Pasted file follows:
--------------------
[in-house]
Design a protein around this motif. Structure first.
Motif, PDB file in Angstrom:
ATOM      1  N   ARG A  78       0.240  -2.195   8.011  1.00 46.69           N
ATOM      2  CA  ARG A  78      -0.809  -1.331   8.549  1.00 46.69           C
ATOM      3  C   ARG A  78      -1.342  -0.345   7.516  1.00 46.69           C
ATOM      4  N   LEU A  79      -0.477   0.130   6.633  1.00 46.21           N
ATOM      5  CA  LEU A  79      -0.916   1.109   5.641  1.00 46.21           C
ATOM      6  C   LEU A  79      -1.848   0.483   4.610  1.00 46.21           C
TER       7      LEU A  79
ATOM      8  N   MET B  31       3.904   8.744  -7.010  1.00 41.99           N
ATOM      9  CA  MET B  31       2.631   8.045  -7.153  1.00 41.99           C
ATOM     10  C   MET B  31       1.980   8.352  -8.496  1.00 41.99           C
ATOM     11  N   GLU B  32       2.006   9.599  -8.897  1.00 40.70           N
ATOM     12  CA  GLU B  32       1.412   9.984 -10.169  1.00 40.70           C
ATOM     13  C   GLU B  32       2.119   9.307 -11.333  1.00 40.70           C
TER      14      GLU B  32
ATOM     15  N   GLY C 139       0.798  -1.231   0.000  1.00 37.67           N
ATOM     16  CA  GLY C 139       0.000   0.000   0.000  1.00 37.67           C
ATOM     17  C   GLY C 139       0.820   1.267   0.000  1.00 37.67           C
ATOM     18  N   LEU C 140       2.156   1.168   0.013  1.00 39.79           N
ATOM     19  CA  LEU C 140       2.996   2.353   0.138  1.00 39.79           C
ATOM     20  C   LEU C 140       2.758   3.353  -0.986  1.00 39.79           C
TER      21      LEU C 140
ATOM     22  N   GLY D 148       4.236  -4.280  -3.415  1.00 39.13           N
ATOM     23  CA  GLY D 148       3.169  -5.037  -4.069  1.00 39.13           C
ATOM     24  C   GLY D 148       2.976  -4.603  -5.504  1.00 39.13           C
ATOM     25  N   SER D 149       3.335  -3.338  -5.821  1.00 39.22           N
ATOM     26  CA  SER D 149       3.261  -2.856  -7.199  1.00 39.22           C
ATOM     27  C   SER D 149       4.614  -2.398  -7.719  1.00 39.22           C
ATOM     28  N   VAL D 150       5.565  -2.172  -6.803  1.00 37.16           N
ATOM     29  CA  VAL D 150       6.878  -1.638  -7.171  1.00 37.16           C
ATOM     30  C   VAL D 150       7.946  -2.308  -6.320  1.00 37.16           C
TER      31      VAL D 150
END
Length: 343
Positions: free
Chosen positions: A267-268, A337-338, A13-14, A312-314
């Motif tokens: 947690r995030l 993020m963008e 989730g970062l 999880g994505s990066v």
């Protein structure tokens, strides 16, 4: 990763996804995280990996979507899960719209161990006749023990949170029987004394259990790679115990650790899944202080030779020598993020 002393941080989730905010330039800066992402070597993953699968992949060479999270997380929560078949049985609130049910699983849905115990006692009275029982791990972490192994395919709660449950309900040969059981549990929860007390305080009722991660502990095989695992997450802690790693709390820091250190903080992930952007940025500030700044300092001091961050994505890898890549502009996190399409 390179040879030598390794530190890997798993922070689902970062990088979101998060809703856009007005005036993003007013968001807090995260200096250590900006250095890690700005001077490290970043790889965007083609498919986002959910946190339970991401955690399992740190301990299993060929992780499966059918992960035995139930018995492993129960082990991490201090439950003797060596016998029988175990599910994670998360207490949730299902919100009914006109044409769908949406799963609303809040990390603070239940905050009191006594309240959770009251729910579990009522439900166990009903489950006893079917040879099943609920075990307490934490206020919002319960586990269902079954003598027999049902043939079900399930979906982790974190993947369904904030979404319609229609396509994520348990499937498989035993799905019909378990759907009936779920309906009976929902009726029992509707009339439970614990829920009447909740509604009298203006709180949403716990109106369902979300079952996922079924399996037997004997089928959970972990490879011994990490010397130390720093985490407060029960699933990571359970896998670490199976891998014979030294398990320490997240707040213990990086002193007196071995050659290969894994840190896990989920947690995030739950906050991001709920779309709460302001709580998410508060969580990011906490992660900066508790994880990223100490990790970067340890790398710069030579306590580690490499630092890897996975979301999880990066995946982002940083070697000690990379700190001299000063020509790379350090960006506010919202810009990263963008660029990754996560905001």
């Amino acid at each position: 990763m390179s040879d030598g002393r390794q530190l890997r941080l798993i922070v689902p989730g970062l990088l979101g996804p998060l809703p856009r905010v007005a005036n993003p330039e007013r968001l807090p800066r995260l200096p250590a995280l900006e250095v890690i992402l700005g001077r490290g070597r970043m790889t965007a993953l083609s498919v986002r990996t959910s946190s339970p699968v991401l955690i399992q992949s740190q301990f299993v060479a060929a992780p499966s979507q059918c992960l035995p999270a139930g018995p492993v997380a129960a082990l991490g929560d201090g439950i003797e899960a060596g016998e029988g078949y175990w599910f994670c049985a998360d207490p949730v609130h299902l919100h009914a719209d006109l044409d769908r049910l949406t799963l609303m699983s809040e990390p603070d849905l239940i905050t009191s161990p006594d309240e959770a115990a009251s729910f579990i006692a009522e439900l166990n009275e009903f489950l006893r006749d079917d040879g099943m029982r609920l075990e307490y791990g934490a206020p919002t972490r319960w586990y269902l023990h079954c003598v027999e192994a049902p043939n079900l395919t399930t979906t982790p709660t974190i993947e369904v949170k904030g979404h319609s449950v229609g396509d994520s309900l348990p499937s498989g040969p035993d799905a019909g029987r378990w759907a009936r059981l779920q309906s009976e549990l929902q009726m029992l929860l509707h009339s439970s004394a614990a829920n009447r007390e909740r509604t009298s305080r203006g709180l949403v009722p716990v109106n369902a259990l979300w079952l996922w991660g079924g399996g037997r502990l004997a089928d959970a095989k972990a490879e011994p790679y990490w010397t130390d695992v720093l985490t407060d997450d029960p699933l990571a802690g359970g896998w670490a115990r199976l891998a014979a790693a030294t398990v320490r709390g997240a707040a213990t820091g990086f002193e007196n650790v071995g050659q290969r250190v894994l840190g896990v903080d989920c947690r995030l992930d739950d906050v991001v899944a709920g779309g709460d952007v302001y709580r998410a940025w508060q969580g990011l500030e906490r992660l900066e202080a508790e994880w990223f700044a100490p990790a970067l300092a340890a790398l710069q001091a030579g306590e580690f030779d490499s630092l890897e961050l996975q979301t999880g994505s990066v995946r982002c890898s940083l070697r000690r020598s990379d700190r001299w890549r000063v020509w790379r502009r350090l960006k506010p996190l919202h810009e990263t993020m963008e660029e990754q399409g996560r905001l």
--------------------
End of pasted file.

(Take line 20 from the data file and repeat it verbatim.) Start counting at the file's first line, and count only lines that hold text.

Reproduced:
ATOM     17  C   GLY C 139       0.820   1.267   0.000  1.00 37.67           C